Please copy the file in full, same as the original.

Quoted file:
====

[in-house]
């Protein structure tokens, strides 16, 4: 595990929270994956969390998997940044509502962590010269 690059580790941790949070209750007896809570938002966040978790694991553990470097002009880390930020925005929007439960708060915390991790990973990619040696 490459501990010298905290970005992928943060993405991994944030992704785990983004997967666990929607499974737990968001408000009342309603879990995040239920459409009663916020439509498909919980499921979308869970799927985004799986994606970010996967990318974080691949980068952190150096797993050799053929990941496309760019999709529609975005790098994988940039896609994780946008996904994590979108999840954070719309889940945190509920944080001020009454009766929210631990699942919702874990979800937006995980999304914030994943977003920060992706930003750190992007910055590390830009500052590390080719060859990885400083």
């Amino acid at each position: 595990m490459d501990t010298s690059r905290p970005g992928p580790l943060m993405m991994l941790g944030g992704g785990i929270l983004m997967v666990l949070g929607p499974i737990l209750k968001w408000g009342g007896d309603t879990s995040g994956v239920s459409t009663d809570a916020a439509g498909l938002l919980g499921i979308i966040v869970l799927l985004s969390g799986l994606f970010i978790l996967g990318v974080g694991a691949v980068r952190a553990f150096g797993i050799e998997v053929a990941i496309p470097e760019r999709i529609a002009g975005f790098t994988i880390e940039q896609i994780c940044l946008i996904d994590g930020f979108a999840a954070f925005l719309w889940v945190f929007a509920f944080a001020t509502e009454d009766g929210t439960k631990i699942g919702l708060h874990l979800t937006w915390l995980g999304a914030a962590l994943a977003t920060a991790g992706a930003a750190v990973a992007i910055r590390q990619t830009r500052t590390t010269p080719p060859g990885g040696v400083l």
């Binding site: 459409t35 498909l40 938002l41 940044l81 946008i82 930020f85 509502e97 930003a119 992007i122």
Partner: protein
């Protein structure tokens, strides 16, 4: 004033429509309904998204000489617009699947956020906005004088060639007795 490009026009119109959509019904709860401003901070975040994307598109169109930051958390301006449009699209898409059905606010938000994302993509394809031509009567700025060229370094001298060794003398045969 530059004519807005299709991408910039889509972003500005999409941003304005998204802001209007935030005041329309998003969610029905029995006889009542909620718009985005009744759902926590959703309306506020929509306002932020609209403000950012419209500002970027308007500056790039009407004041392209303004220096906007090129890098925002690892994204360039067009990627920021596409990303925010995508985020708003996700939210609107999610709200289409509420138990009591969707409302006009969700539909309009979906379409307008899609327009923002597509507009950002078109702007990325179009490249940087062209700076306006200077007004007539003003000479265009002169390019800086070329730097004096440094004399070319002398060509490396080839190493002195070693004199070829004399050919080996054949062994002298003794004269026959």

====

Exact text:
[in-house]
């Protein structure tokens, strides 16, 4: 595990929270994956969390998997940044509502962590010269 690059580790941790949070209750007896809570938002966040978790694991553990470097002009880390930020925005929007439960708060915390991790990973990619040696 490459501990010298905290970005992928943060993405991994944030992704785990983004997967666990929607499974737990968001408000009342309603879990995040239920459409009663916020439509498909919980499921979308869970799927985004799986994606970010996967990318974080691949980068952190150096797993050799053929990941496309760019999709529609975005790098994988940039896609994780946008996904994590979108999840954070719309889940945190509920944080001020009454009766929210631990699942919702874990979800937006995980999304914030994943977003920060992706930003750190992007910055590390830009500052590390080719060859990885400083």
């Amino acid at each position: 595990m490459d501990t010298s690059r905290p970005g992928p580790l943060m993405m991994l941790g944030g992704g785990i929270l983004m997967v666990l949070g929607p499974i737990l209750k968001w408000g009342g007896d309603t879990s995040g994956v239920s459409t009663d809570a916020a439509g498909l938002l919980g499921i979308i966040v869970l799927l985004s969390g799986l994606f970010i978790l996967g990318v974080g694991a691949v980068r952190a553990f150096g797993i050799e998997v053929a990941i496309p470097e760019r999709i529609a002009g975005f790098t994988i880390e940039q896609i994780c940044l946008i996904d994590g930020f979108a999840a954070f925005l719309w889940v945190f929007a509920f944080a001020t509502e009454d009766g929210t439960k631990i699942g919702l708060h874990l979800t937006w915390l995980g999304a914030a962590l994943a977003t920060a991790g992706a930003a750190v990973a992007i910055r590390q990619t830009r500052t590390t010269p080719p060859g990885g040696v400083l």
């Binding site: 459409t35 498909l40 938002l41 940044l81 946008i82 930020f85 509502e97 930003a119 992007i122």
Partner: protein
């Protein structure tokens, strides 16, 4: 004033429509309904998204000489617009699947956020906005004088060639007795 490009026009119109959509019904709860401003901070975040994307598109169109930051958390301006449009699209898409059905606010938000994302993509394809031509009567700025060229370094001298060794003398045969 530059004519807005299709991408910039889509972003500005999409941003304005998204802001209007935030005041329309998003969610029905029995006889009542909620718009985005009744759902926590959703309306506020929509306002932020609209403000950012419209500002970027308007500056790039009407004041392209303004220096906007090129890098925002690892994204360039067009990627920021596409990303925010995508985020708003996700939210609107999610709200289409509420138990009591969707409302006009969700539909309009979906379409307008899609327009923002597509507009950002078109702007990325179009490249940087062209700076306006200077007004007539003003000479265009002169390019800086070329730097004096440094004399070319002398060509490396080839190493002195070693004199070829004399050919080996054949062994002298003794004269026959």